Devens School debate precedes vote to buy school for $10M

Devens School taken by eminent domain

By Josh Resnek

The Devens School on Church Street was taken by eminent domain by a unanimous vote of the city council at Monday evening’s meeting at city hall.

The duel measure passed, 10-0.

This included the eminent domain approval and the subsequent approval of the $9.9 million from ARPA funds to pay for the taking.

The city awarded the owner of the property $9.9 million in the eminent domain taking – an amount consistent with several appraisals done of the property now used as a teaching facility for special needs students.

The owner of the property, the prominent Chelsea developer Anthony Cassano, can either accept the $9.9 million or appeal the taking in Superior Court.

The taking is being funded with ARPA funding given to the city by the federal government.

The ten year lease the city had with Cassano was expiring. The owner was seeking a renewal of the lease but at a higher rental cost, according to the city’s financial chief, Eric Demas.

Demas said the new lease the owner was looking for “did not make sense.”

Superintendent of Schools Priya Tahiliani said the Devens School has the space to provide services for special needs students.

She estimated the Deven’s capacity at 300 students but was hesitant to offer a guarantee about that number.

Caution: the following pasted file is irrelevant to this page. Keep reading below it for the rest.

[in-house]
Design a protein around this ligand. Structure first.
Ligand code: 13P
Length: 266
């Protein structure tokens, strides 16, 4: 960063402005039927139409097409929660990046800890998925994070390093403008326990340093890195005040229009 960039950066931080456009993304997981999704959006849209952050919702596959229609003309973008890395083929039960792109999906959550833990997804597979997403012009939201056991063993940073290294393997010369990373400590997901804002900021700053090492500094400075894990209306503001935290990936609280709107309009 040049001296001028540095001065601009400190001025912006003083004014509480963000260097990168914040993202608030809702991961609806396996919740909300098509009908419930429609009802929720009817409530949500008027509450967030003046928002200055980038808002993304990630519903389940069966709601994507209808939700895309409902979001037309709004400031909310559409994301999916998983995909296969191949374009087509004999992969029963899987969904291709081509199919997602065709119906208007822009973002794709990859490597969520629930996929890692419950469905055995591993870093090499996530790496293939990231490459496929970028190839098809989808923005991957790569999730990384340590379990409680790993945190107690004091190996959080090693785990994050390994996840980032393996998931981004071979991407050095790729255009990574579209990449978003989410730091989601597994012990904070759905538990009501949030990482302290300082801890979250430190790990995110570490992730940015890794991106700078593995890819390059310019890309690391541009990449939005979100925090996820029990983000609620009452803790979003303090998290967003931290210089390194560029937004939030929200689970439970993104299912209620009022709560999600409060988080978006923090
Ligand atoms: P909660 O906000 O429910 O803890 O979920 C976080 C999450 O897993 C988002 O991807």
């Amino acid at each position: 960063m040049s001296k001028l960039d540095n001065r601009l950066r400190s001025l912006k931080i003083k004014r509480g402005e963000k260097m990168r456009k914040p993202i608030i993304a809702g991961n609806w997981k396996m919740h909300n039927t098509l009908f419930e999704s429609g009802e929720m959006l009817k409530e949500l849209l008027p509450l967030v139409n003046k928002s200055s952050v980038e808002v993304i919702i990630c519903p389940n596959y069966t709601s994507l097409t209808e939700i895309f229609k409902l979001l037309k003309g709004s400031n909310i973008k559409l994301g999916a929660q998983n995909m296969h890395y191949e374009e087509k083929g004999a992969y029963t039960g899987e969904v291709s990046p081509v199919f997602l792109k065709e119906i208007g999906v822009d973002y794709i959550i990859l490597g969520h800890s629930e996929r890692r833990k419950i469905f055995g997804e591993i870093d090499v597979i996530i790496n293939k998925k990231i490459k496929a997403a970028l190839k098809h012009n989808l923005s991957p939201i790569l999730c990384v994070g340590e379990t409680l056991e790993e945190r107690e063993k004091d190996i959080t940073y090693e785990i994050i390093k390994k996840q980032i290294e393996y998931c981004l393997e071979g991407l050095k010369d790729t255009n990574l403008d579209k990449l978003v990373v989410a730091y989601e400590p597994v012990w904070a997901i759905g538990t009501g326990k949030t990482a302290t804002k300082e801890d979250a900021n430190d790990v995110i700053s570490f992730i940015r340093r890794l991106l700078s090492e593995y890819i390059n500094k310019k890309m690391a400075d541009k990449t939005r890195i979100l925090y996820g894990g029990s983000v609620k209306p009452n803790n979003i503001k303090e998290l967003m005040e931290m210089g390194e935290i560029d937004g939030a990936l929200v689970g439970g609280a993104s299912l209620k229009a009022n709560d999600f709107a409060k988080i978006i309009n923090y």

Without the Devens School, the cost for educating and providing assistance to 53 special needs students could be as much as $6-$7 million a year if the city had nowhere to place them.

Tahiliani told the council per student tuition costs without the Devens School availability would be “astronomical” with special ed kids’ tuition in the $140,000 a year area and busing costs of $100 a day per student at minimum. She said placing 53 special ed students in high needs programs is likely untenable.

Councilor Al Lattanzi asked if not buying the Devens might be construed as a mistake in years to come.

“In years to come, not using Pope John will be the mistake,” Tahiliani replied.

Pope John was very much a part of the discussion Monday night.

Pope John could provide as many as 1,000 student seats to that number now packed into Everett’s overcrowded public school system.

A series of public speakers decried the city’s failure to use the former Pope John High School as a middle school to reduce overcrowding.

Those sentiments were repeated by several councilors, Councilor at Large Stephanie Smith primary among them.

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